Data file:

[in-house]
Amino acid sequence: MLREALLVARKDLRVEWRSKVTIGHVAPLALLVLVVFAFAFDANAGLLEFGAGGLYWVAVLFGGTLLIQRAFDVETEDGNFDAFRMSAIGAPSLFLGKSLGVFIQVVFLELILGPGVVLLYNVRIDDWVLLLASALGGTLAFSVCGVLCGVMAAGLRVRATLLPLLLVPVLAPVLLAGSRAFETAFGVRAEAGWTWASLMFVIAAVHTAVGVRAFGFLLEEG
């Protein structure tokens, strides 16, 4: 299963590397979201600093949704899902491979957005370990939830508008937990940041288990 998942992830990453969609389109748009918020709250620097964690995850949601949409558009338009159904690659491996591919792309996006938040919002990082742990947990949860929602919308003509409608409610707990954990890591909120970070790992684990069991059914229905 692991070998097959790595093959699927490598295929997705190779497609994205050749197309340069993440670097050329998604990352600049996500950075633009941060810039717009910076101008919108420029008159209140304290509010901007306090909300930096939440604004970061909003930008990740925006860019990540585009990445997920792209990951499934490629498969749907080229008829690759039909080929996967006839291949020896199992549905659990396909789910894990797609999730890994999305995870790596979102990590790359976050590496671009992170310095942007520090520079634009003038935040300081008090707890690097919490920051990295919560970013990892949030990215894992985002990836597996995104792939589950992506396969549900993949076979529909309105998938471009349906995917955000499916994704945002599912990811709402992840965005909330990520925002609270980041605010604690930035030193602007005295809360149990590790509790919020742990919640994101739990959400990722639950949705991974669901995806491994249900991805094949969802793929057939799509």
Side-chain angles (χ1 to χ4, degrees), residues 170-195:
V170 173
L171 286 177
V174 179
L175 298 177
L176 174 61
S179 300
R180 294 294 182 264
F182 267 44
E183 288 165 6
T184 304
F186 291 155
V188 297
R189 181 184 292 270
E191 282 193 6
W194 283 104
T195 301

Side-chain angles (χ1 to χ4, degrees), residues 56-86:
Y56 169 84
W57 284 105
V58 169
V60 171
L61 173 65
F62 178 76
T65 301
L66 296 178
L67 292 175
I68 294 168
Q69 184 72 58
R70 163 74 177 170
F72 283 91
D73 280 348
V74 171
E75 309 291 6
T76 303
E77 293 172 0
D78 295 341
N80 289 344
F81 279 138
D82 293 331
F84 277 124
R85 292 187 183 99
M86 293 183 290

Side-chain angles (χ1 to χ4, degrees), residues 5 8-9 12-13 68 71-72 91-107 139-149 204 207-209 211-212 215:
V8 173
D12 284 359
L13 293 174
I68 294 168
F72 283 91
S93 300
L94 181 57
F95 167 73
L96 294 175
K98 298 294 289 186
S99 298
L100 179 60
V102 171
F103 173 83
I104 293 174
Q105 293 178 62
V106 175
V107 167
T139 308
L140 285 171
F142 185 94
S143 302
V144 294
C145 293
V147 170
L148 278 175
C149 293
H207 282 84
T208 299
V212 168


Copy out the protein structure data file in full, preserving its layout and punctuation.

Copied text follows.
[in-house]
Amino acid sequence: MLREALLVARKDLRVEWRSKVTIGHVAPLALLVLVVFAFAFDANAGLLEFGAGGLYWVAVLFGGTLLIQRAFDVETEDGNFDAFRMSAIGAPSLFLGKSLGVFIQVVFLELILGPGVVLLYNVRIDDWVLLLASALGGTLAFSVCGVLCGVMAAGLRVRATLLPLLLVPVLAPVLLAGSRAFETAFGVRAEAGWTWASLMFVIAAVHTAVGVRAFGFLLEEG
């Protein structure tokens, strides 16, 4: 299963590397979201600093949704899902491979957005370990939830508008937990940041288990 998942992830990453969609389109748009918020709250620097964690995850949601949409558009338009159904690659491996591919792309996006938040919002990082742990947990949860929602919308003509409608409610707990954990890591909120970070790992684990069991059914229905 692991070998097959790595093959699927490598295929997705190779497609994205050749197309340069993440670097050329998604990352600049996500950075633009941060810039717009910076101008919108420029008159209140304290509010901007306090909300930096939440604004970061909003930008990740925006860019990540585009990445997920792209990951499934490629498969749907080229008829690759039909080929996967006839291949020896199992549905659990396909789910894990797609999730890994999305995870790596979102990590790359976050590496671009992170310095942007520090520079634009003038935040300081008090707890690097919490920051990295919560970013990892949030990215894992985002990836597996995104792939589950992506396969549900993949076979529909309105998938471009349906995917955000499916994704945002599912990811709402992840965005909330990520925002609270980041605010604690930035030193602007005295809360149990590790509790919020742990919640994101739990959400990722639950949705991974669901995806491994249900991805094949969802793929057939799509």
Side-chain angles (χ1 to χ4, degrees), residues 170-195:
V170 173
L171 286 177
V174 179
L175 298 177
L176 174 61
S179 300
R180 294 294 182 264
F182 267 44
E183 288 165 6
T184 304
F186 291 155
V188 297
R189 181 184 292 270
E191 282 193 6
W194 283 104
T195 301

Side-chain angles (χ1 to χ4, degrees), residues 56-86:
Y56 169 84
W57 284 105
V58 169
V60 171
L61 173 65
F62 178 76
T65 301
L66 296 178
L67 292 175
I68 294 168
Q69 184 72 58
R70 163 74 177 170
F72 283 91
D73 280 348
V74 171
E75 309 291 6
T76 303
E77 293 172 0
D78 295 341
N80 289 344
F81 279 138
D82 293 331
F84 277 124
R85 292 187 183 99
M86 293 183 290

Side-chain angles (χ1 to χ4, degrees), residues 5 8-9 12-13 68 71-72 91-107 139-149 204 207-209 211-212 215:
V8 173
D12 284 359
L13 293 174
I68 294 168
F72 283 91
S93 300
L94 181 57
F95 167 73
L96 294 175
K98 298 294 289 186
S99 298
L100 179 60
V102 171
F103 173 83
I104 293 174
Q105 293 178 62
V106 175
V107 167
T139 308
L140 285 171
F142 185 94
S143 302
V144 294
C145 293
V147 170
L148 278 175
C149 293
H207 282 84
T208 299
V212 168